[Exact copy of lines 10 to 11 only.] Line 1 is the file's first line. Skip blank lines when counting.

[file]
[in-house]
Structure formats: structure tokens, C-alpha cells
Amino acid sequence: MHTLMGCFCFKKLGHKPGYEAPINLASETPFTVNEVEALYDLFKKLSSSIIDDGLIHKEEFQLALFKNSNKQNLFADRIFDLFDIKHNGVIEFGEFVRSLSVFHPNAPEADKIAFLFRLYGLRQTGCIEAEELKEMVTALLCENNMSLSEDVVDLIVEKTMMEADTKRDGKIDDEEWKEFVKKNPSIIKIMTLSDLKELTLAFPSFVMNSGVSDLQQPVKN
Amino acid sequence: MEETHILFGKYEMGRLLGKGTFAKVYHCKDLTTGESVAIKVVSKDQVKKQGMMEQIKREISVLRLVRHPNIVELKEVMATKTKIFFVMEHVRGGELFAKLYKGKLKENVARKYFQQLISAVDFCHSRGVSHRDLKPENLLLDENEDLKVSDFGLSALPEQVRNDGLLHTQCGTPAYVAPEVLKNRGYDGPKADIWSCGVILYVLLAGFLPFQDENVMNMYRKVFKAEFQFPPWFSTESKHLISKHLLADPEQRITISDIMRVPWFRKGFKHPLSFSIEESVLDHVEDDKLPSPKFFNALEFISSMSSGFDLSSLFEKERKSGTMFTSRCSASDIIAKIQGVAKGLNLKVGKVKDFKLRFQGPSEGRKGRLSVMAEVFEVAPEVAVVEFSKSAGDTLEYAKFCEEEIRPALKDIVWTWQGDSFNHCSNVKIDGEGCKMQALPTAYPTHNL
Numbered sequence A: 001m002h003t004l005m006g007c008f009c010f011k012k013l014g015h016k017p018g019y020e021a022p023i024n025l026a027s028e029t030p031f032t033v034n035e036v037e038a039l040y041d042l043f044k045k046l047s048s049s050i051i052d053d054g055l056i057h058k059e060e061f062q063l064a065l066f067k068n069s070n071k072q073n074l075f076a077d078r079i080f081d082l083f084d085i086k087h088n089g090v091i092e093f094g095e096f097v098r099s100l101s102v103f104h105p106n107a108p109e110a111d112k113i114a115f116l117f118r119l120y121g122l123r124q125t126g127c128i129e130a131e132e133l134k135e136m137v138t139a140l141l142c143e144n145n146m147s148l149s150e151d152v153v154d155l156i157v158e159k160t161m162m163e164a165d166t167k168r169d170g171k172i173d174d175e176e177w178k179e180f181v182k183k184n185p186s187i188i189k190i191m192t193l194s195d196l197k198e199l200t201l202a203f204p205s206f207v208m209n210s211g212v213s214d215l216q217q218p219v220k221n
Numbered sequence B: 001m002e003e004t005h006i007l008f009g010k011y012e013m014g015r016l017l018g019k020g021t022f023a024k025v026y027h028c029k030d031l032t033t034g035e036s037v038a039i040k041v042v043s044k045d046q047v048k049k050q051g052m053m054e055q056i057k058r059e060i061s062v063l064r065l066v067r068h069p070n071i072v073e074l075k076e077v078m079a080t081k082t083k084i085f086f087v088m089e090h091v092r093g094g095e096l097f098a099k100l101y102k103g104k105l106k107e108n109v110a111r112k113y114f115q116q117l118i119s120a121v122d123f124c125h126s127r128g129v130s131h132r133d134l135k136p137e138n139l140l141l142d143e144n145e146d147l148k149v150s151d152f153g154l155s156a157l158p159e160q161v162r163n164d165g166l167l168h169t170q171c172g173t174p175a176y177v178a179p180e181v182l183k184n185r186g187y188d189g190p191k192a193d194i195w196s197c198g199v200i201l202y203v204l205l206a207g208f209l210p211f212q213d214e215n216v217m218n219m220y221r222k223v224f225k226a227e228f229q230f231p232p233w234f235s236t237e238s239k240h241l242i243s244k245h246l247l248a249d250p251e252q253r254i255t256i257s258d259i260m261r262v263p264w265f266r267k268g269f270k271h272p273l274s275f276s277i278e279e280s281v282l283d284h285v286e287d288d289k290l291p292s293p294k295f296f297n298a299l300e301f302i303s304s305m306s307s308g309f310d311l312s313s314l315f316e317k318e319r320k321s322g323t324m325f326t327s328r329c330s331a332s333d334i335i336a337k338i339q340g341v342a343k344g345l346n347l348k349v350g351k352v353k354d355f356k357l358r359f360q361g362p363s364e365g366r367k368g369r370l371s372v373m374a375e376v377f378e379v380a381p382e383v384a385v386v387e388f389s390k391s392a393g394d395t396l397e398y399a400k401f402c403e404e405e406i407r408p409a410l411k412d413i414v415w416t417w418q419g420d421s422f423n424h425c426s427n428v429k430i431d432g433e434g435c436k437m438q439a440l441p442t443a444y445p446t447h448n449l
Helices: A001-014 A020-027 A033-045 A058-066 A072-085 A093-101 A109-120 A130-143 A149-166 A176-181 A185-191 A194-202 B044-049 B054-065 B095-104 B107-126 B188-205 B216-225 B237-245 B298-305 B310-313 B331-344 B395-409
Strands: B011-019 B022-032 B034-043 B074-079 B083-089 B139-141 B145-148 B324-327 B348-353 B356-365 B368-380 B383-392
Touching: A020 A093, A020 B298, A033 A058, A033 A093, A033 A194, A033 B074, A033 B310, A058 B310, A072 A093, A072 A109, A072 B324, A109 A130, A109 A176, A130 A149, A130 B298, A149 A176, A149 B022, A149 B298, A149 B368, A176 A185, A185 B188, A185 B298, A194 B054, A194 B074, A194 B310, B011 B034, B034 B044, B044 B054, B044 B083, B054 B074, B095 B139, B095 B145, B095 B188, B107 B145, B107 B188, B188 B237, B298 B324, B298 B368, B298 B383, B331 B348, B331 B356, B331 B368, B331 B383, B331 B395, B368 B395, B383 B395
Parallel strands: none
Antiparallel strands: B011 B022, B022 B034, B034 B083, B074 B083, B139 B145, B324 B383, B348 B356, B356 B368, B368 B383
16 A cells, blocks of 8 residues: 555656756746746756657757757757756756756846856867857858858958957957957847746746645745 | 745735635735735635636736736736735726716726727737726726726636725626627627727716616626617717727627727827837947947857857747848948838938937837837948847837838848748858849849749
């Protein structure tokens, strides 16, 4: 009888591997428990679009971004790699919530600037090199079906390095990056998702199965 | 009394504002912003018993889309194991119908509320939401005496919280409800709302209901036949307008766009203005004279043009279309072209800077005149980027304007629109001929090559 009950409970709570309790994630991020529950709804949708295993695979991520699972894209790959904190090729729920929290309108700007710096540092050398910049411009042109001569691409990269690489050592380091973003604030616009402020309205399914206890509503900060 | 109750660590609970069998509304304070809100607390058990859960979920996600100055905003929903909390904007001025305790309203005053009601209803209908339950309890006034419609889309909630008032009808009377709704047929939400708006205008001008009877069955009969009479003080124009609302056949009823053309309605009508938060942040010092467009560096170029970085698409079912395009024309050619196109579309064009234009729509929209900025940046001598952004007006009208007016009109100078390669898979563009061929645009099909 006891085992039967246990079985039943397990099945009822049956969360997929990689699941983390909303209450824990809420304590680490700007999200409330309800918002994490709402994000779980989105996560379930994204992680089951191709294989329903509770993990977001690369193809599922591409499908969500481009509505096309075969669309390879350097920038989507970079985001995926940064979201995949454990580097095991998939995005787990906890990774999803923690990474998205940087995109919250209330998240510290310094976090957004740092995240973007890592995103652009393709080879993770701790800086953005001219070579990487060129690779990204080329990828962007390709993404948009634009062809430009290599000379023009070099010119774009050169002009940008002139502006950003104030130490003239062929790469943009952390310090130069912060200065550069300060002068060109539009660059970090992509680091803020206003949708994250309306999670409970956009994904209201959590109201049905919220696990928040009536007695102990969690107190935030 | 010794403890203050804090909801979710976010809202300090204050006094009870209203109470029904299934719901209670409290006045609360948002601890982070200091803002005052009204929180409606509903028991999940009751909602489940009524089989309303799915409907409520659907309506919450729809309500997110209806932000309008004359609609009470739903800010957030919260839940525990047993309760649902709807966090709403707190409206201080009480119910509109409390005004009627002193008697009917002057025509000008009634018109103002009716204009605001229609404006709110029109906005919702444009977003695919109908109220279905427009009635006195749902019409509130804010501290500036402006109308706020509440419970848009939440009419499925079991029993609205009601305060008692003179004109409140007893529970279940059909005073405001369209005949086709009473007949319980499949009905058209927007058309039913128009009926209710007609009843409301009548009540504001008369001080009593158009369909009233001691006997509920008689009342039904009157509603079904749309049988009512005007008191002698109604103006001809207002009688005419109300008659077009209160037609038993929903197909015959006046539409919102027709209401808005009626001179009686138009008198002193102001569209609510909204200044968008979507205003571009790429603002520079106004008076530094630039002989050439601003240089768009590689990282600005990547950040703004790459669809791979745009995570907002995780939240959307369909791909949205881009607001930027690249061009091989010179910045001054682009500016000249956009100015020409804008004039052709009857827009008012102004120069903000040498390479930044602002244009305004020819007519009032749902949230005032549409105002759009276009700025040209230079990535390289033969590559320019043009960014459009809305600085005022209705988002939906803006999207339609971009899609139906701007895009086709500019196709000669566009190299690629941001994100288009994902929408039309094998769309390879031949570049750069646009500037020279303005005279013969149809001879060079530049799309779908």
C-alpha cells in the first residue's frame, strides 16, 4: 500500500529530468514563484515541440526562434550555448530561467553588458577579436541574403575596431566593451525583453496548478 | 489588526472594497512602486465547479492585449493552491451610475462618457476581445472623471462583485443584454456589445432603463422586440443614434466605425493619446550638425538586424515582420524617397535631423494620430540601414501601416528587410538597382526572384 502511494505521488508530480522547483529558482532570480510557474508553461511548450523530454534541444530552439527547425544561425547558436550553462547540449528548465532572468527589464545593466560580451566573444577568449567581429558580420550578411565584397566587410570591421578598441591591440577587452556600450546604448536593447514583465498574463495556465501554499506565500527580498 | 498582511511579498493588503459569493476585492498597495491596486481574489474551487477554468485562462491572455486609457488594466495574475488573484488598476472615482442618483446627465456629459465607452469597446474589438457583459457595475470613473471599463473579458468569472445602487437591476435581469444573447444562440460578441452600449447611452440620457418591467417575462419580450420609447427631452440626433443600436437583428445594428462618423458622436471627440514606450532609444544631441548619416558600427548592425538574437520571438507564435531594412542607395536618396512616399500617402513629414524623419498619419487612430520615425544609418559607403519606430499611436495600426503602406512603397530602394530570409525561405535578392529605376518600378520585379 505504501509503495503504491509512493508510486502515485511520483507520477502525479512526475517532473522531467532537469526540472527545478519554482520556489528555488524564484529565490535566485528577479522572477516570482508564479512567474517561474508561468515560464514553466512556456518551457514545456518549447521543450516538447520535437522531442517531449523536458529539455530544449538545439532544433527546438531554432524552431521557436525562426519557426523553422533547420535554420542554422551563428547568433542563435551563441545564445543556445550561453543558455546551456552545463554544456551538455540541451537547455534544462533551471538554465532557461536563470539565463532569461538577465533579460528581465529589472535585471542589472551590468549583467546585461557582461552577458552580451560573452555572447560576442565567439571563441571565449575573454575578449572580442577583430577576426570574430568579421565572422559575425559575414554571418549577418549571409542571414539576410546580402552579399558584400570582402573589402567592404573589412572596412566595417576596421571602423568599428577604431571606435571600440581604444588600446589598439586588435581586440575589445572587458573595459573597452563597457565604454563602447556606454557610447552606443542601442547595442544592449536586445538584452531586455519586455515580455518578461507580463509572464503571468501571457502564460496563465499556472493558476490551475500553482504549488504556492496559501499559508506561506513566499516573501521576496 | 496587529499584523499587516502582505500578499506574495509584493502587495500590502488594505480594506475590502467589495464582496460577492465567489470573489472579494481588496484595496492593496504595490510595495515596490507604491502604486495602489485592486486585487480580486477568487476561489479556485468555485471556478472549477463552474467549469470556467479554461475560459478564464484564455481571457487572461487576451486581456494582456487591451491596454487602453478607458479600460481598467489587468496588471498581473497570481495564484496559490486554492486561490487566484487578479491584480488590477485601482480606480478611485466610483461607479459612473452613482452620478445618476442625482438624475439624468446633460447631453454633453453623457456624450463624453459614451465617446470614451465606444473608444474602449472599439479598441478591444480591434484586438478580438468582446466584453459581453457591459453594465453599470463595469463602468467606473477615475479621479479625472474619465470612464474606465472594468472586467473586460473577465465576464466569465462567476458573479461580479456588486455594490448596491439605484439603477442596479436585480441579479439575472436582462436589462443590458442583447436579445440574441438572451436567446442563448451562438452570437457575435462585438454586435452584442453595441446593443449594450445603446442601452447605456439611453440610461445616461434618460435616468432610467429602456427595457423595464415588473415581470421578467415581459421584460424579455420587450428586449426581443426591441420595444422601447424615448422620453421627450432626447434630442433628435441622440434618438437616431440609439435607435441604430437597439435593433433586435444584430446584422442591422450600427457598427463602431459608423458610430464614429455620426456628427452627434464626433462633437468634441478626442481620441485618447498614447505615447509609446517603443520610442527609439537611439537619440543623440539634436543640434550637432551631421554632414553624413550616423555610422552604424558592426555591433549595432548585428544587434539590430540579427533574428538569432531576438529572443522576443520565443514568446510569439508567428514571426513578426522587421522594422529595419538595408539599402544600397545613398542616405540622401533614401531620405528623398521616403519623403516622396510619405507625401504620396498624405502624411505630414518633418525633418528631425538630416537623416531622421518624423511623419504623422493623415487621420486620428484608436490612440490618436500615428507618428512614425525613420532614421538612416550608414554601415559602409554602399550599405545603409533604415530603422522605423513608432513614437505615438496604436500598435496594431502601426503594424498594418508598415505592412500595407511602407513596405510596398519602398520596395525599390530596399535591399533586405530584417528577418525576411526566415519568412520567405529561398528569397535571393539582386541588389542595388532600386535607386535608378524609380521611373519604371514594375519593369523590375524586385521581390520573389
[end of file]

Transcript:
Parallel strands: none
Antiparallel strands: B011 B022, B022 B034, B034 B083, B074 B083, B139 B145, B324 B383, B348 B356, B356 B368, B368 B383